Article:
The US Internal Revenue Service (IRS) is under fire over its decision to classify cryptoassets as ‘property’ in its guidance on taxation for virtual currencies
US companies are challenging the IRS definition of cryptoassets, arguing that this creates an additional compliance and reporting burden for tax accounting purposes.
The Wall Street Blockchain Alliance (WSBA), a non-profit trade association, has written to the US tax authority stating that while there may not be a perfect classification for cryptocurrency at the moment, the current classification ‘as property creates additional compliance and reporting requirements that seems to neither add value to the taxpayer nor merchants accepting cryptoassets as payment for goods or services’.
The group is lobbying the IRS to consider ‘establishing a de minimis exemption for both individuals and merchants’ that would establish a minimum transaction value threshold for tax reporting purposes, thus lowering the compliance burden on both smaller individual cryptocurrency users and their accounting professionals.
Kell Canty, CEO of crypto accounting firm Verady, one of the signatories to the letter, said that ‘recent draft legislation proposing exemptions based on amount of potential capital gains may further complicate the already complex accounting and reporting issues around cryptoassets by mandating calculating capital gains on every transaction’.
The letter goes on to provide a number of recommendations covering cryptoasset tax implications, including differentiating cryptoasset tax treatment based on how it is used, and reviewing how fair market value (FMV) and cost basis is determined for cryptoassets.
The group also want the IRS to provide more clarity for cryptoasset reporting and disclosure, and to clarify the tax treatment for airdrops. Airdrops are a distribution of a cryptocurrency token or coin, usually for free, to numerous wallet addresses.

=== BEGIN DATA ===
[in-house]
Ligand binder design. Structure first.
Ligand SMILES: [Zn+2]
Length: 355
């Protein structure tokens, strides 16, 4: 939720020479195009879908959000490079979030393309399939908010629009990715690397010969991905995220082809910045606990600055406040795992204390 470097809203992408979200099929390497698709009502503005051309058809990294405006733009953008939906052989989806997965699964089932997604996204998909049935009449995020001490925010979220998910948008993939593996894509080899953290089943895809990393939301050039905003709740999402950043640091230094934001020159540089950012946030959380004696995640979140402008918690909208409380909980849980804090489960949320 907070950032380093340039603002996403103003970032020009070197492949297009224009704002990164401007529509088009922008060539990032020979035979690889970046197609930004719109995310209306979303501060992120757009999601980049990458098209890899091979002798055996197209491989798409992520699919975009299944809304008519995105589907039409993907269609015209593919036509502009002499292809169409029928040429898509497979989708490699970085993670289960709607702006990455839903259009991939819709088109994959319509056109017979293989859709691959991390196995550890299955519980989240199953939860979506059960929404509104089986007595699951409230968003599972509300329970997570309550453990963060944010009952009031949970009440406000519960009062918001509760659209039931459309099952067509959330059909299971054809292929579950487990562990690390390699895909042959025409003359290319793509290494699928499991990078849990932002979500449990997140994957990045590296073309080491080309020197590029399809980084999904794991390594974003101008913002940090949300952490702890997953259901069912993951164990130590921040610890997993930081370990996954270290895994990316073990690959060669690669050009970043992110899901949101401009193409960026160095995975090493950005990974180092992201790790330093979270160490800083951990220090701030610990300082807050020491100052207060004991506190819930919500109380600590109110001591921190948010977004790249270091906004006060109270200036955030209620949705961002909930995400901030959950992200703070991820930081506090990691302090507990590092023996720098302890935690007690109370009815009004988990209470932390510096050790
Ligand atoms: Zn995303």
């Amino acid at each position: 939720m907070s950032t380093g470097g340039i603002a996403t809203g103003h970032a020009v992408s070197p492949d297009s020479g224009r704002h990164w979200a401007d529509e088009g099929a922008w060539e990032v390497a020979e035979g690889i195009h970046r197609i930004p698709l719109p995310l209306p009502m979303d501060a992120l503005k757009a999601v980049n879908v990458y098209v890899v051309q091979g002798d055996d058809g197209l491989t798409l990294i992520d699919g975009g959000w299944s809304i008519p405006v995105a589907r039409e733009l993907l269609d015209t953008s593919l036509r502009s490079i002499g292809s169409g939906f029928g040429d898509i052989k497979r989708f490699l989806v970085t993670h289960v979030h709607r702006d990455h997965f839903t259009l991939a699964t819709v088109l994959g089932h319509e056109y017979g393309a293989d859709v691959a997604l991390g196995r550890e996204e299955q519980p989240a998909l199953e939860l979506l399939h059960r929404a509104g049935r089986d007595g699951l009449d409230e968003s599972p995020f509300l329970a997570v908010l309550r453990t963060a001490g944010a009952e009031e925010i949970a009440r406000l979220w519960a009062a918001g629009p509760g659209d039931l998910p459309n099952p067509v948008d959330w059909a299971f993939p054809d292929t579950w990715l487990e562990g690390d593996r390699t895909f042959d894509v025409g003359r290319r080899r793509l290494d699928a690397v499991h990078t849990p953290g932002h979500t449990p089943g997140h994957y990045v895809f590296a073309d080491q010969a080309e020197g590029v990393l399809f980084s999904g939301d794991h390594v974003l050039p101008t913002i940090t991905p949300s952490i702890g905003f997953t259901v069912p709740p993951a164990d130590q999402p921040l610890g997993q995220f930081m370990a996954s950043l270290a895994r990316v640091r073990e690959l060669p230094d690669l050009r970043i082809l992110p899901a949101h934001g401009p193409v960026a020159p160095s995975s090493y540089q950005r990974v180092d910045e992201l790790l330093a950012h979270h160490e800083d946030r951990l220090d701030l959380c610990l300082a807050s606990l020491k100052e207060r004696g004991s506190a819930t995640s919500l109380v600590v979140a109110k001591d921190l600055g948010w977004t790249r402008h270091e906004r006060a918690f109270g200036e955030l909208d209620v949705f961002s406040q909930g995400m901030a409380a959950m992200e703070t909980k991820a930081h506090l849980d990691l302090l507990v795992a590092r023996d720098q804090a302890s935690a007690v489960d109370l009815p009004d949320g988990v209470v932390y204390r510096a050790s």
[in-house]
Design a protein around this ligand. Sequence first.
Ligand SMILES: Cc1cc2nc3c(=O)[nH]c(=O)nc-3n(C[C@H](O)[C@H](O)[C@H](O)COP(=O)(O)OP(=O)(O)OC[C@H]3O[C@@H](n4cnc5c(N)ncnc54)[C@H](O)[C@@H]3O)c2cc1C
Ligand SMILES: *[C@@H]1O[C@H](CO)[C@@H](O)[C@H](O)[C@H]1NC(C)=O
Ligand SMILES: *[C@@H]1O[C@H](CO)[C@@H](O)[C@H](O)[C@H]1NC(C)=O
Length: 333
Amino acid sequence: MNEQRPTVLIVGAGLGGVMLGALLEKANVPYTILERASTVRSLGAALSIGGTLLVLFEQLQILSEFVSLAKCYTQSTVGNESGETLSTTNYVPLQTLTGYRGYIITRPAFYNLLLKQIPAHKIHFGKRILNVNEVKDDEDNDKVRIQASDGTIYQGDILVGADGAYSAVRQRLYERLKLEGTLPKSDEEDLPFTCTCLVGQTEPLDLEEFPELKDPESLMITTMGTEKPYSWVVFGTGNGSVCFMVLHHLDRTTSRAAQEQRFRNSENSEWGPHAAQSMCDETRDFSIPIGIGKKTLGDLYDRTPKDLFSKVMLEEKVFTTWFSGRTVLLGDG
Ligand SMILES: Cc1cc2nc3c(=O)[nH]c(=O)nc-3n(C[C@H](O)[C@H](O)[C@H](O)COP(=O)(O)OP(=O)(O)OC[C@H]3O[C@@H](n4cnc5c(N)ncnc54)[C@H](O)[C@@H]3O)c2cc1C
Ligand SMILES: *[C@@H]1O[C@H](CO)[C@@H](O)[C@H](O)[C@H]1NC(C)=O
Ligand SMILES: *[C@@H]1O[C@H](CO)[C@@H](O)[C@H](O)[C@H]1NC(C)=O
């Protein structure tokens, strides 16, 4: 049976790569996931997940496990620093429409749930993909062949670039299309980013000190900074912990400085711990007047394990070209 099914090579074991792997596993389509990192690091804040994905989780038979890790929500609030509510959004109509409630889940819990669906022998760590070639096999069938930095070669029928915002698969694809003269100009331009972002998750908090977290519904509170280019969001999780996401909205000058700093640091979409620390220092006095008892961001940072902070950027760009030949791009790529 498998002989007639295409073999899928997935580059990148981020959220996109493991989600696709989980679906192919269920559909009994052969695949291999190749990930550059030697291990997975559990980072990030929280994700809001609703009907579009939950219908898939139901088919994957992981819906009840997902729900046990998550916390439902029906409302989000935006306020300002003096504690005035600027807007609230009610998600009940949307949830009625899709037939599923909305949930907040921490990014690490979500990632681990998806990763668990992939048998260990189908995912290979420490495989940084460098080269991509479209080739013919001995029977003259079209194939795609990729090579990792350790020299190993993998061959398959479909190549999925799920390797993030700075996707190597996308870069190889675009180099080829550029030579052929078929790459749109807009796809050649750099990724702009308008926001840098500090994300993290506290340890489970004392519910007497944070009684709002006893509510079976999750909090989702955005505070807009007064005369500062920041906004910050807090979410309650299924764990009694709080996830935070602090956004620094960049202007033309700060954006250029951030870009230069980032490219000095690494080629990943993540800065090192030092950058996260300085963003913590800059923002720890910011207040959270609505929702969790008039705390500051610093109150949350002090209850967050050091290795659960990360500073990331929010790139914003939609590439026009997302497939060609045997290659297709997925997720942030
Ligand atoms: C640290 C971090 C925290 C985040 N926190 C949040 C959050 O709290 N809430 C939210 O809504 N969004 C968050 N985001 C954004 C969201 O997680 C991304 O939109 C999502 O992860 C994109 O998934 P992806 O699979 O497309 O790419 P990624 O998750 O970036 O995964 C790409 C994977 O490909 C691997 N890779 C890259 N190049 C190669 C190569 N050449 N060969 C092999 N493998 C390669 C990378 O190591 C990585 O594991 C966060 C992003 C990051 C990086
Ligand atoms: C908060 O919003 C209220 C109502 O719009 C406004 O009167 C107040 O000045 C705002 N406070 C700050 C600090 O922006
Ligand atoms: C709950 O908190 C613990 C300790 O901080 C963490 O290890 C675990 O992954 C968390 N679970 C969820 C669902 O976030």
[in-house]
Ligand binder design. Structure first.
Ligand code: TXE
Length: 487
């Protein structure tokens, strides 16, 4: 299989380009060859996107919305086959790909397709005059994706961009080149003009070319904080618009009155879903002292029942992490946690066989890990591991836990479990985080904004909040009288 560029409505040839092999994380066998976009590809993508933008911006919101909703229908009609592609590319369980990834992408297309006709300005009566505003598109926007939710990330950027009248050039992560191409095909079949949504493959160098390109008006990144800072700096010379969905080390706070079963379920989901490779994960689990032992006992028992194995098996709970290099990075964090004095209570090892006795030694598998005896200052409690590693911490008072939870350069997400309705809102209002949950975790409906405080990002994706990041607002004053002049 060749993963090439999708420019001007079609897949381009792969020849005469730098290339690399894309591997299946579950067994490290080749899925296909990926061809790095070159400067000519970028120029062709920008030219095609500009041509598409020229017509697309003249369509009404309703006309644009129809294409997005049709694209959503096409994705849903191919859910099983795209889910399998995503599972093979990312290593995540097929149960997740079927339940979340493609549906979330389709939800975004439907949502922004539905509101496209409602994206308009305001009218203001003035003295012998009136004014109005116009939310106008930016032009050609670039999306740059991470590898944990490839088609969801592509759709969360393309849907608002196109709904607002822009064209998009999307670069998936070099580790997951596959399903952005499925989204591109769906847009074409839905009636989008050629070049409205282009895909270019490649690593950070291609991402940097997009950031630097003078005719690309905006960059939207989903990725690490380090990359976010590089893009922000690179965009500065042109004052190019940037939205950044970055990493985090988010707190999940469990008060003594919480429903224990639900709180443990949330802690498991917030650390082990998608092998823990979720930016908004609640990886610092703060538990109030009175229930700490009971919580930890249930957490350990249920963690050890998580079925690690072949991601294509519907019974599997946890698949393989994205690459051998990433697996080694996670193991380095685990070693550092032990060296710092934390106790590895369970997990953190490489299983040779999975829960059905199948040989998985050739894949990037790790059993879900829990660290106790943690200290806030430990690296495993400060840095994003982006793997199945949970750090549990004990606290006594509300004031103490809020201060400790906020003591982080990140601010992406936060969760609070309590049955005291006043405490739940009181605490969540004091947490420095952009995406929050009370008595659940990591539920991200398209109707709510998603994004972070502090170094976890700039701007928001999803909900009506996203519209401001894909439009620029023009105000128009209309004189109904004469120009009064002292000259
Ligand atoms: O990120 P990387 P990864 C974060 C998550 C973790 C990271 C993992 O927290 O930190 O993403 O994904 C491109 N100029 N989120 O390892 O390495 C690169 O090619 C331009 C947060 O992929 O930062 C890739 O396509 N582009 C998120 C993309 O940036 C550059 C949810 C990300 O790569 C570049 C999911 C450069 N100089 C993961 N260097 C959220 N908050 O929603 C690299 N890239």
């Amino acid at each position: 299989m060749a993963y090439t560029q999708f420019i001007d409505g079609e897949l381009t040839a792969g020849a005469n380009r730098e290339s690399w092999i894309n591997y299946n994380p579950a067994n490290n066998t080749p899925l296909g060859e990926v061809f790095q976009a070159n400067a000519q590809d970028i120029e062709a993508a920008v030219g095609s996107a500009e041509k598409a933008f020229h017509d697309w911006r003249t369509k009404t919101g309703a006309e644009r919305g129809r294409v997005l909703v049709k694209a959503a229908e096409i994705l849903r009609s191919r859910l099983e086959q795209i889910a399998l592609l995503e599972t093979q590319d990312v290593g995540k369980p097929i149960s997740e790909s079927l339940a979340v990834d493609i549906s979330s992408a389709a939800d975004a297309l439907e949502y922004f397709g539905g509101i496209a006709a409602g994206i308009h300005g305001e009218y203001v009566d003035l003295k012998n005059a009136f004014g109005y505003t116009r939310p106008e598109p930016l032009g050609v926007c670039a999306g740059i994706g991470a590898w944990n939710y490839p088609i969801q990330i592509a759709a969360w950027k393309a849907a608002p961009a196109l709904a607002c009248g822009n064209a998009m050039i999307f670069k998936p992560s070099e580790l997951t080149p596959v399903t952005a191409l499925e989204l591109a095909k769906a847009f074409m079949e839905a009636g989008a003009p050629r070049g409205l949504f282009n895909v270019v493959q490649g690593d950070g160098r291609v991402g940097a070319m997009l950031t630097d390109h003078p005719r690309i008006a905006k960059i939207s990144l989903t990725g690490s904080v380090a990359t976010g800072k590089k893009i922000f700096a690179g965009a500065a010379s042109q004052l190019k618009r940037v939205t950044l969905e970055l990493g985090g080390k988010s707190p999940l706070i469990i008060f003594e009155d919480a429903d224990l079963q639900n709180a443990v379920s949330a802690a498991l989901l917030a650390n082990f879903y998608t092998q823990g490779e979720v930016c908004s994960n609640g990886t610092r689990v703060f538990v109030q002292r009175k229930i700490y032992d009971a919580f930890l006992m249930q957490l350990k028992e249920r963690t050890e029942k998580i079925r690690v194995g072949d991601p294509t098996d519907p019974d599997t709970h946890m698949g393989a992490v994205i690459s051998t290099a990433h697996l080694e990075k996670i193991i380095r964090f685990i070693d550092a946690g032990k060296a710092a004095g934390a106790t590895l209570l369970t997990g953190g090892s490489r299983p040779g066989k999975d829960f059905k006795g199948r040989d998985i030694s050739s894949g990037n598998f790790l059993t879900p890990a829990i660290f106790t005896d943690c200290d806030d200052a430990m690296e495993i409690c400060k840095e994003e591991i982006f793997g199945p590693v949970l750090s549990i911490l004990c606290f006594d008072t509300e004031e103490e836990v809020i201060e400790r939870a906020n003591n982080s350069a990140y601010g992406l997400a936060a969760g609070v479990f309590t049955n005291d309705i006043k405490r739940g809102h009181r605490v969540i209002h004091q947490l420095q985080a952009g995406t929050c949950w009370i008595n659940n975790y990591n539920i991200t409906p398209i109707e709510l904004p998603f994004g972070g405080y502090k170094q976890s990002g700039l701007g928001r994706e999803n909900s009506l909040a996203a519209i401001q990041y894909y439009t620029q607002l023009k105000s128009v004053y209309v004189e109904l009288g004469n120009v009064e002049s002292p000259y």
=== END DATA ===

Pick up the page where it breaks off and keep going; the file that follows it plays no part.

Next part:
It is seeking guidance on how to treat stablecoin issuances for tax purposes and if they should be exempted from like-kind exchanges. It argues stablecoins, which are pegged to some ‘stable’ asset in order to minimise price volatility, should be taxed differently and in a manner consistent with the underlying basket of assets.
In addition, WSBA wants more guidance on the implications of treating cryptoassets as intangible assets, the tax implications of taking a stake in a particular blockchain, and clarification on the potential tax implications of ‘transfer of ownership for loan and rehypothecation of assets’ in the case of decentralised finance.
The letter asks the IRS to ‘continue to engage in a proactive and iterative process toward working on new standards, revenue rulings, and additional clarification of existing guidance’.
Canty said: ‘Obviously there is a lot to work through with such a disruptive technology as blockchain. Cryptoassets’ use and adoption will continue to expand and it is vital to have the guidance, compliance and tools to support them.’